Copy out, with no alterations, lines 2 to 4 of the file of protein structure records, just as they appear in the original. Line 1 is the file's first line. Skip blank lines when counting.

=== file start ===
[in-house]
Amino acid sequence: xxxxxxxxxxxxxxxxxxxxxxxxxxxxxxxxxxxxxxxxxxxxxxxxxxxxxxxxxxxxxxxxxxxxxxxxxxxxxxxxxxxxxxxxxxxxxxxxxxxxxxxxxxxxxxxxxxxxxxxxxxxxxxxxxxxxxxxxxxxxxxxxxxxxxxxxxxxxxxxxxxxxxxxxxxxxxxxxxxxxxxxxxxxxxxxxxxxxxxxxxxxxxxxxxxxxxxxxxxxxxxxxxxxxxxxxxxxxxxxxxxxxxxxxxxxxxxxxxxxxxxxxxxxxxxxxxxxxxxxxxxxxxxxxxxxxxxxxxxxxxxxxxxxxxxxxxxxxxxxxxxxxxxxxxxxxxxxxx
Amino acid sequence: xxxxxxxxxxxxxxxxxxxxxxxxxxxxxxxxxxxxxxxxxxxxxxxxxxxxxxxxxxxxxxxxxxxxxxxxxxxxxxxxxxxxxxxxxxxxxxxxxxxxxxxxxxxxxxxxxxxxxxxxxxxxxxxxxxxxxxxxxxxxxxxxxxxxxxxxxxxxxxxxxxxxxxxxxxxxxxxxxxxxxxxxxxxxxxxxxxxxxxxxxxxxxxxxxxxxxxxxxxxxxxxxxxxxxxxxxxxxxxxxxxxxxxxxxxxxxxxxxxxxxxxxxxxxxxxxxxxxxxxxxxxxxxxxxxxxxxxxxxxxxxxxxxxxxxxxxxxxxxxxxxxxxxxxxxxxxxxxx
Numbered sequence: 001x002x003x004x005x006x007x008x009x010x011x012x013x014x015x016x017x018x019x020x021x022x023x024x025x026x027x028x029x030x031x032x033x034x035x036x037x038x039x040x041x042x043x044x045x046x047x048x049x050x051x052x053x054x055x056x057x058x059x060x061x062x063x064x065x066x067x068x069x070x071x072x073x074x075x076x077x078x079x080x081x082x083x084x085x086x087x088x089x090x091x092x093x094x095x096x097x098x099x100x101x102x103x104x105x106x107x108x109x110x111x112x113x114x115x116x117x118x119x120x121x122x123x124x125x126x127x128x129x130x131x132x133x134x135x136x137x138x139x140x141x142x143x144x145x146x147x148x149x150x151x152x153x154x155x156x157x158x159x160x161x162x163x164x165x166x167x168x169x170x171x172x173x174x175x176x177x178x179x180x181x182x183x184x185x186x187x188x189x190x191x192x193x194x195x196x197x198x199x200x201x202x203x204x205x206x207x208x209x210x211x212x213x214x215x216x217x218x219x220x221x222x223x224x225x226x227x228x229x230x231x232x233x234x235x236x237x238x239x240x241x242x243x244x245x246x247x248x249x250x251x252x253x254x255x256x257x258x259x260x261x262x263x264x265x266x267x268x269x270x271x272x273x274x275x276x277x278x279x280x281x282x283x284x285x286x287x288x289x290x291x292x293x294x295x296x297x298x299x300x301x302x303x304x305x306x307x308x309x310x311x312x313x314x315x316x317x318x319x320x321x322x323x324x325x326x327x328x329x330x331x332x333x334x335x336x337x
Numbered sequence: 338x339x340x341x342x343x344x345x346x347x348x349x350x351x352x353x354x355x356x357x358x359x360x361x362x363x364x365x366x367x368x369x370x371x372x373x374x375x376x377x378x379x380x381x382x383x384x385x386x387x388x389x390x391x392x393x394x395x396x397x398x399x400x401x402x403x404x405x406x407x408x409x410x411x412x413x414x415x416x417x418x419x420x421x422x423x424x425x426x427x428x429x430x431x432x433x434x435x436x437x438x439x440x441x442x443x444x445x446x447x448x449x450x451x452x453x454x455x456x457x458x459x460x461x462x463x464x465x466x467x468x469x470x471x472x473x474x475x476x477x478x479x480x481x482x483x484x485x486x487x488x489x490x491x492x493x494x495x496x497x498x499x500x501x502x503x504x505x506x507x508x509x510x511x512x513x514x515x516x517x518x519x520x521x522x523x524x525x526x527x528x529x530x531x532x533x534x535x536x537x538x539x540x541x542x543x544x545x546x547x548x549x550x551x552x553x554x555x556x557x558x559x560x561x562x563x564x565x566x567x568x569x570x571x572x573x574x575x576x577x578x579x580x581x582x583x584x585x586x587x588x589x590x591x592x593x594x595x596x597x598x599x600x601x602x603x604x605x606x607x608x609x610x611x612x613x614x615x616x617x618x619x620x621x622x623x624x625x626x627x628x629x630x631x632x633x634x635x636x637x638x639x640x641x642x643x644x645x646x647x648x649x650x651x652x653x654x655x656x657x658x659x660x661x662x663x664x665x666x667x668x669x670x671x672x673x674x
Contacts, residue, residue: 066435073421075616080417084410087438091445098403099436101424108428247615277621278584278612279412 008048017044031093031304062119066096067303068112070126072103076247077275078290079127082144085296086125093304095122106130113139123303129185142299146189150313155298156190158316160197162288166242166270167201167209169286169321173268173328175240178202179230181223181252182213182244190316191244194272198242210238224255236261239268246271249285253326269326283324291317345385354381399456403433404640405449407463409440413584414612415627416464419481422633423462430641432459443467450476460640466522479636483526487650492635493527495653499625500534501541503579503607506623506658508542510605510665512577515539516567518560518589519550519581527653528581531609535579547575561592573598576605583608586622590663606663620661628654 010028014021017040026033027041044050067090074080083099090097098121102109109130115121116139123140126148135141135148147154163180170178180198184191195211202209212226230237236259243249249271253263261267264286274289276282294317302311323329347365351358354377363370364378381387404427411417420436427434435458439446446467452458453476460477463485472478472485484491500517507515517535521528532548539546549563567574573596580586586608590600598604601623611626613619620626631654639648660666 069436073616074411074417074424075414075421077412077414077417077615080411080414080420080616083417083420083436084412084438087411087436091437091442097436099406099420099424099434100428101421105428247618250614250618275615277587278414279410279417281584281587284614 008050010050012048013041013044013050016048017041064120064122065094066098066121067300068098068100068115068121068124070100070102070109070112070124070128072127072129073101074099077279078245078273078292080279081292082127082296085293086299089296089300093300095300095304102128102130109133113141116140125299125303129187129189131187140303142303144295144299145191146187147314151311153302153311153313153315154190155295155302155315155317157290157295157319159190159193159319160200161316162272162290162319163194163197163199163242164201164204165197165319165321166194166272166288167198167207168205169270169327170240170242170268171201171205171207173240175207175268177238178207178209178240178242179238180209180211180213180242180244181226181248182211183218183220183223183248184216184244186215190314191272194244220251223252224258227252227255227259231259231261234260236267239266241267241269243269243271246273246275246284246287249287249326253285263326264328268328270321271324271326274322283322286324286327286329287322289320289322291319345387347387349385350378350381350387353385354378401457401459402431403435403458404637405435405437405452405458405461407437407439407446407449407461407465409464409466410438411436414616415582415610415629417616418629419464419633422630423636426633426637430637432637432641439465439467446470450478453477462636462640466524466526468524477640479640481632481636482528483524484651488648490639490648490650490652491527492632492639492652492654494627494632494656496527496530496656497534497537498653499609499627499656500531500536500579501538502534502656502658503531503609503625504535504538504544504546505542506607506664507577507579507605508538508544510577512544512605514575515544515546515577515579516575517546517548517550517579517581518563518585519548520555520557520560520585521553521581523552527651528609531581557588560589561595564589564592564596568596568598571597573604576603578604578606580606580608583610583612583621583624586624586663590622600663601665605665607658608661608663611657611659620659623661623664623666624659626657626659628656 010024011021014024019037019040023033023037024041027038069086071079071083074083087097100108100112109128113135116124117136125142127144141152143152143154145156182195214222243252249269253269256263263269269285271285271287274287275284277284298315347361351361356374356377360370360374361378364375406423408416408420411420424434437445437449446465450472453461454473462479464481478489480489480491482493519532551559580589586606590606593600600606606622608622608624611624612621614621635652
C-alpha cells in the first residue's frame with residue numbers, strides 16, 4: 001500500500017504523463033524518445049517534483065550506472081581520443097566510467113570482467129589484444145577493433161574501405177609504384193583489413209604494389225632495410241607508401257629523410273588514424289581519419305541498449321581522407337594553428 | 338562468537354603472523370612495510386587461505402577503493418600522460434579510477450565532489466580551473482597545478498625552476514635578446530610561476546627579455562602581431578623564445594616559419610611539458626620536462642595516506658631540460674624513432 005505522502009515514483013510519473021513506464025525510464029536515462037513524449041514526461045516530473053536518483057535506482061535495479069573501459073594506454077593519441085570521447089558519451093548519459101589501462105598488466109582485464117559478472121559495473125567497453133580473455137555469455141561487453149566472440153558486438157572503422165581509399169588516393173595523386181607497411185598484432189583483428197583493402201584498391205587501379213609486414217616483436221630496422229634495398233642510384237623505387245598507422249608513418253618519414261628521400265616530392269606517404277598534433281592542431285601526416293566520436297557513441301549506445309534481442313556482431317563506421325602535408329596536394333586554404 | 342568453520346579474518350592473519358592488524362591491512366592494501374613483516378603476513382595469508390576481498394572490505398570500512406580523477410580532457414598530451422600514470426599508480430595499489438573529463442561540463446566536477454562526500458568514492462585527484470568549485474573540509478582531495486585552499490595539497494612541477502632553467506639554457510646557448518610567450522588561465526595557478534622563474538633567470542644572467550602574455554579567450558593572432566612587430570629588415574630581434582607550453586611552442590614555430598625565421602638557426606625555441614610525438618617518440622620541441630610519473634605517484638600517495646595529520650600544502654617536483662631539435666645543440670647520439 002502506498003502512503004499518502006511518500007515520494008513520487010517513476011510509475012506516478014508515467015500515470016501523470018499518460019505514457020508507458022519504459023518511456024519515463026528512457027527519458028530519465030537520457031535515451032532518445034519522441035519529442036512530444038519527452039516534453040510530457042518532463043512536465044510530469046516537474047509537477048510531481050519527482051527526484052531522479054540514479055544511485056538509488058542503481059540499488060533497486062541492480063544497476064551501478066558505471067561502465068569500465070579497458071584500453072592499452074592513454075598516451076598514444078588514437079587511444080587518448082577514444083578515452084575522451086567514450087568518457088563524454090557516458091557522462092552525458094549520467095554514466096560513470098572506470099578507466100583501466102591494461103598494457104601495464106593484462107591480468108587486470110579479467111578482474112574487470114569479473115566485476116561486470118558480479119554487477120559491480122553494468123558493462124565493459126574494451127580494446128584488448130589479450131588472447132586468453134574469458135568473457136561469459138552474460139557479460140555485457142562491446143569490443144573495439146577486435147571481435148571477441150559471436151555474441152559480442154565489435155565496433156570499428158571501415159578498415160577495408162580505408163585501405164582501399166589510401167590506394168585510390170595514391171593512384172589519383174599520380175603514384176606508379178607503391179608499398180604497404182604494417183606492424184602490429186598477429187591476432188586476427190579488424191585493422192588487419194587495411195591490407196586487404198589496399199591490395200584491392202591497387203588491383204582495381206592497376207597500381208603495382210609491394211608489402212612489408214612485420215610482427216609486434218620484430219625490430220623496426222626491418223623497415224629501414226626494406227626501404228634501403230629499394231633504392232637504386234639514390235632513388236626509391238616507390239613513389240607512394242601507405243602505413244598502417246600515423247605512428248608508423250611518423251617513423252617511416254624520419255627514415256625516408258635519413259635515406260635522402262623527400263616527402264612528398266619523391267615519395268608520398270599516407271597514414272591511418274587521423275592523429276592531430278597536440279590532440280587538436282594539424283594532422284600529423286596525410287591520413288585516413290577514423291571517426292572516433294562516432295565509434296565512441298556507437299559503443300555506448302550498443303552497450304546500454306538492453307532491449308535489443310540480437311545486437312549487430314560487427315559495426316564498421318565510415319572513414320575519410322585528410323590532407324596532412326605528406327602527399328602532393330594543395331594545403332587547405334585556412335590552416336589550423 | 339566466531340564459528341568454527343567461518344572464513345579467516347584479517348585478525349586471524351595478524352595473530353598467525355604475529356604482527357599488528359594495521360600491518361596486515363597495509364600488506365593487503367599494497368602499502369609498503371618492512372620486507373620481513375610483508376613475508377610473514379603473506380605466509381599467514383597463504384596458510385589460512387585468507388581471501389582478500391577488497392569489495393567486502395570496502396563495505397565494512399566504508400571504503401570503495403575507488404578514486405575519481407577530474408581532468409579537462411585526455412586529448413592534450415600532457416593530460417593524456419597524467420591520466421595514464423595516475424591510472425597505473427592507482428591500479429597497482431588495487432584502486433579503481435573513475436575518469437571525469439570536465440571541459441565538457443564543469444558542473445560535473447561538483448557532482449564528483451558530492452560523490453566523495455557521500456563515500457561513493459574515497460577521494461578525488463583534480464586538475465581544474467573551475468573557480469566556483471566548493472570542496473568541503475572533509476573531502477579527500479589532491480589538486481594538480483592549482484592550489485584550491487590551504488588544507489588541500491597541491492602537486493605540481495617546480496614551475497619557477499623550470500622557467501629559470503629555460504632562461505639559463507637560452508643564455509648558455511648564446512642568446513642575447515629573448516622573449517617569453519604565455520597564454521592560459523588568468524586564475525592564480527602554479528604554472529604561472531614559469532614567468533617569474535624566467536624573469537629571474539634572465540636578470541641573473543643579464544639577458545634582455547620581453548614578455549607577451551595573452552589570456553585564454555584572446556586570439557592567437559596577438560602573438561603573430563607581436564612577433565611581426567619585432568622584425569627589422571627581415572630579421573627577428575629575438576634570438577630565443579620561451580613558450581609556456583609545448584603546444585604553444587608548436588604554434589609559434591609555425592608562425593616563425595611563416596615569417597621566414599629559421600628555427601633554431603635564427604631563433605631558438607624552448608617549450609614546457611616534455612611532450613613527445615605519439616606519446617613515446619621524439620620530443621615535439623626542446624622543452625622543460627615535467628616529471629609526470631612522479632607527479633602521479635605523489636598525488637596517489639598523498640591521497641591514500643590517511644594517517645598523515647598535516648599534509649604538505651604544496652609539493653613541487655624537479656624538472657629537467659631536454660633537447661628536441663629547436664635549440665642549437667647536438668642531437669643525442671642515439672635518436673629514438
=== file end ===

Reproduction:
Amino acid sequence: xxxxxxxxxxxxxxxxxxxxxxxxxxxxxxxxxxxxxxxxxxxxxxxxxxxxxxxxxxxxxxxxxxxxxxxxxxxxxxxxxxxxxxxxxxxxxxxxxxxxxxxxxxxxxxxxxxxxxxxxxxxxxxxxxxxxxxxxxxxxxxxxxxxxxxxxxxxxxxxxxxxxxxxxxxxxxxxxxxxxxxxxxxxxxxxxxxxxxxxxxxxxxxxxxxxxxxxxxxxxxxxxxxxxxxxxxxxxxxxxxxxxxxxxxxxxxxxxxxxxxxxxxxxxxxxxxxxxxxxxxxxxxxxxxxxxxxxxxxxxxxxxxxxxxxxxxxxxxxxxxxxxxxxxxxxxxxxxx
Amino acid sequence: xxxxxxxxxxxxxxxxxxxxxxxxxxxxxxxxxxxxxxxxxxxxxxxxxxxxxxxxxxxxxxxxxxxxxxxxxxxxxxxxxxxxxxxxxxxxxxxxxxxxxxxxxxxxxxxxxxxxxxxxxxxxxxxxxxxxxxxxxxxxxxxxxxxxxxxxxxxxxxxxxxxxxxxxxxxxxxxxxxxxxxxxxxxxxxxxxxxxxxxxxxxxxxxxxxxxxxxxxxxxxxxxxxxxxxxxxxxxxxxxxxxxxxxxxxxxxxxxxxxxxxxxxxxxxxxxxxxxxxxxxxxxxxxxxxxxxxxxxxxxxxxxxxxxxxxxxxxxxxxxxxxxxxxxxxxxxxxxx
Numbered sequence: 001x002x003x004x005x006x007x008x009x010x011x012x013x014x015x016x017x018x019x020x021x022x023x024x025x026x027x028x029x030x031x032x033x034x035x036x037x038x039x040x041x042x043x044x045x046x047x048x049x050x051x052x053x054x055x056x057x058x059x060x061x062x063x064x065x066x067x068x069x070x071x072x073x074x075x076x077x078x079x080x081x082x083x084x085x086x087x088x089x090x091x092x093x094x095x096x097x098x099x100x101x102x103x104x105x106x107x108x109x110x111x112x113x114x115x116x117x118x119x120x121x122x123x124x125x126x127x128x129x130x131x132x133x134x135x136x137x138x139x140x141x142x143x144x145x146x147x148x149x150x151x152x153x154x155x156x157x158x159x160x161x162x163x164x165x166x167x168x169x170x171x172x173x174x175x176x177x178x179x180x181x182x183x184x185x186x187x188x189x190x191x192x193x194x195x196x197x198x199x200x201x202x203x204x205x206x207x208x209x210x211x212x213x214x215x216x217x218x219x220x221x222x223x224x225x226x227x228x229x230x231x232x233x234x235x236x237x238x239x240x241x242x243x244x245x246x247x248x249x250x251x252x253x254x255x256x257x258x259x260x261x262x263x264x265x266x267x268x269x270x271x272x273x274x275x276x277x278x279x280x281x282x283x284x285x286x287x288x289x290x291x292x293x294x295x296x297x298x299x300x301x302x303x304x305x306x307x308x309x310x311x312x313x314x315x316x317x318x319x320x321x322x323x324x325x326x327x328x329x330x331x332x333x334x335x336x337x